As your self naturally connects across the boundaries between the inner and outer worlds, you are continually combining Tones and Phases to create a complex and powerful understanding of the nature of the connection and the tensions that you are perceiving. The three phases, which are the nature of how the boundaries appear, combined with the four Tones, which are the nature of the tension encountered in the connection, combine to create 12 Perceptual Arcs. These Perceptual Arcs enable the self to use the inner world is a way of explaining outer world and to use the outer world is a way of understanding the inner world. The combination of the four Tones of physical, mental, emotional and spiritual and the three Phases of emerging, existing and evolving, give 12 Perceptual Arcs, which are:
Emerging Physical, Existing Physical, Evolving Physical
Emerging Mental, Existing Mental, Evolving Mental
Emerging Emotional, Existing Emotional, Evolving Emotional
Emerging Spiritual, Existing Spiritual, Evolving Spiritual
These 12 Perceptual Arcs are not a rigid and categorical classification of the way in which the self perceives inner and outer worlds. The Perceptual Arcs simply provide you with a contextual framework that enables you to understand your self and the nature of the tensions that you encounter along the boundaries between your inner and outer worlds.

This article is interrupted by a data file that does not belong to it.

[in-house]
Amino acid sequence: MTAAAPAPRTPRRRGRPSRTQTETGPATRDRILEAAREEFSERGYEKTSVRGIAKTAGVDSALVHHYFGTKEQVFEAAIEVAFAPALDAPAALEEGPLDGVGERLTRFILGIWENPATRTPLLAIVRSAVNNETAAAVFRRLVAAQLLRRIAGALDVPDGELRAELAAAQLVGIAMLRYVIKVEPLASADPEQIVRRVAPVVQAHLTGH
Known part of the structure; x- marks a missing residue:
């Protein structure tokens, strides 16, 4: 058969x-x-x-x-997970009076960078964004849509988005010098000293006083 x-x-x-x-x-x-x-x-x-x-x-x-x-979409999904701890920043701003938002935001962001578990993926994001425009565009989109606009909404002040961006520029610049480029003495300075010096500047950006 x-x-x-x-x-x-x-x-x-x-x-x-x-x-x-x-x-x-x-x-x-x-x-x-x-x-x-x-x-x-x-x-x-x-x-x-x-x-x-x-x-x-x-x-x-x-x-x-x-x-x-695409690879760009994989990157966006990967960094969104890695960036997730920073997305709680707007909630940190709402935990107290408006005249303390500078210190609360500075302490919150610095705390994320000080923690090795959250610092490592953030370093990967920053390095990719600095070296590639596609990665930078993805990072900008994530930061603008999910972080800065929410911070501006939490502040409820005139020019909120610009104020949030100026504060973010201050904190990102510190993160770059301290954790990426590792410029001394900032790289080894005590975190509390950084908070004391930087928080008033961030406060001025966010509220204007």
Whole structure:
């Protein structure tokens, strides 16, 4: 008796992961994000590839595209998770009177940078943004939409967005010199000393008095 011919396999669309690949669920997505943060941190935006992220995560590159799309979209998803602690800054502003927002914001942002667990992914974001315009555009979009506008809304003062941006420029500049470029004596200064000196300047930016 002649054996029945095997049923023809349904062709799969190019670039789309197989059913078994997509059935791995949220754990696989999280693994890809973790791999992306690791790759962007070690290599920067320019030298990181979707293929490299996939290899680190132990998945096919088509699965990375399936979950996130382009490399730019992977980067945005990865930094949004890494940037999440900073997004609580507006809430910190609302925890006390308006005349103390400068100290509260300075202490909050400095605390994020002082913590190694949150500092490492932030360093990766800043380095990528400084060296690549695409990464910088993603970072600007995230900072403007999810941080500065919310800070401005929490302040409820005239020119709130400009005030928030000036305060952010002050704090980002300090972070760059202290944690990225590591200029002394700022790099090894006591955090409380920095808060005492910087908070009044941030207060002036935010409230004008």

Rather than trying to characterise, classify, codify or compute your behaviours by judging them from outside in the outer world, working with these 12 Perceptual Arcs enables you to work from within your inner world. No Perceptual Arc is judged as better or worse than any other, they are simply ways of understanding how you naturally make sense of your worlds. As you stand in the centre of your perceptions, the 12 Perceptual Arcs naturally form a constantly moving perceptual circle that you can use to provide you with a fundamental understanding of your self. ‘Arche-‘ is a prefix for fundamental, and a ‘gyre’ is a constantly moving circle, so this perceptual circle is described as an Archegyre, a practical multi-ontology contextual framework for self-understanding. At its most fundamental, an Archegyre is simply a circle, with the inside of the circle reflecting your inner world and the outside of the circle representing your outer world, and as it naturally differentiates, it forms the basis for a range of processes that enable you to powerfully work with the connections between your inner and outer worlds. By working with the fundamental circle of the Archegyre, you give yourself the opportunity to powerfully put your inner world ideas and instincts into practical action in the realities of the tangible outer world.